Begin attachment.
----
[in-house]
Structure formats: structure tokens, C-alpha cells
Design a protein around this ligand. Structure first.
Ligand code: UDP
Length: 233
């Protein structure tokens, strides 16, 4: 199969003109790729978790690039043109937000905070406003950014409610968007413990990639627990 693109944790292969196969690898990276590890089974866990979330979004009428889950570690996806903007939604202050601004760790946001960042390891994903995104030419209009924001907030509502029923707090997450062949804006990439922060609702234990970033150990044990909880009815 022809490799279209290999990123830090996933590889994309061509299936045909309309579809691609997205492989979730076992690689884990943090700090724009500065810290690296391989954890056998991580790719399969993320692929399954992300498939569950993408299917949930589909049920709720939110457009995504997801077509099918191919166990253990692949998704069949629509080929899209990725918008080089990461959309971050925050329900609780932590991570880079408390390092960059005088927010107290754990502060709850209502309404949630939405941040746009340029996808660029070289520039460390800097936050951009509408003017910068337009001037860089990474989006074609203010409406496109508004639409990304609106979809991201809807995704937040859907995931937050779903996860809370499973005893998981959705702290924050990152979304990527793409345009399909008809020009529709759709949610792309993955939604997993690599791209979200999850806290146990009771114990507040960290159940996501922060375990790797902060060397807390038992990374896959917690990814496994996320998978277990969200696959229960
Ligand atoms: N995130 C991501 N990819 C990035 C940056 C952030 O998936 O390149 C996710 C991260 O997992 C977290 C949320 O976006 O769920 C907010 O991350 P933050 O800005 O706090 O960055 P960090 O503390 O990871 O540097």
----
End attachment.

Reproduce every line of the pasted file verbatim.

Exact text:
[in-house]
Structure formats: structure tokens, C-alpha cells
Design a protein around this ligand. Structure first.
Ligand code: UDP
Length: 233
């Protein structure tokens, strides 16, 4: 199969003109790729978790690039043109937000905070406003950014409610968007413990990639627990 693109944790292969196969690898990276590890089974866990979330979004009428889950570690996806903007939604202050601004760790946001960042390891994903995104030419209009924001907030509502029923707090997450062949804006990439922060609702234990970033150990044990909880009815 022809490799279209290999990123830090996933590889994309061509299936045909309309579809691609997205492989979730076992690689884990943090700090724009500065810290690296391989954890056998991580790719399969993320692929399954992300498939569950993408299917949930589909049920709720939110457009995504997801077509099918191919166990253990692949998704069949629509080929899209990725918008080089990461959309971050925050329900609780932590991570880079408390390092960059005088927010107290754990502060709850209502309404949630939405941040746009340029996808660029070289520039460390800097936050951009509408003017910068337009001037860089990474989006074609203010409406496109508004639409990304609106979809991201809807995704937040859907995931937050779903996860809370499973005893998981959705702290924050990152979304990527793409345009399909008809020009529709759709949610792309993955939604997993690599791209979200999850806290146990009771114990507040960290159940996501922060375990790797902060060397807390038992990374896959917690990814496994996320998978277990969200696959229960
Ligand atoms: N995130 C991501 N990819 C990035 C940056 C952030 O998936 O390149 C996710 C991260 O997992 C977290 C949320 O976006 O769920 C907010 O991350 P933050 O800005 O706090 O960055 P960090 O503390 O990871 O540097």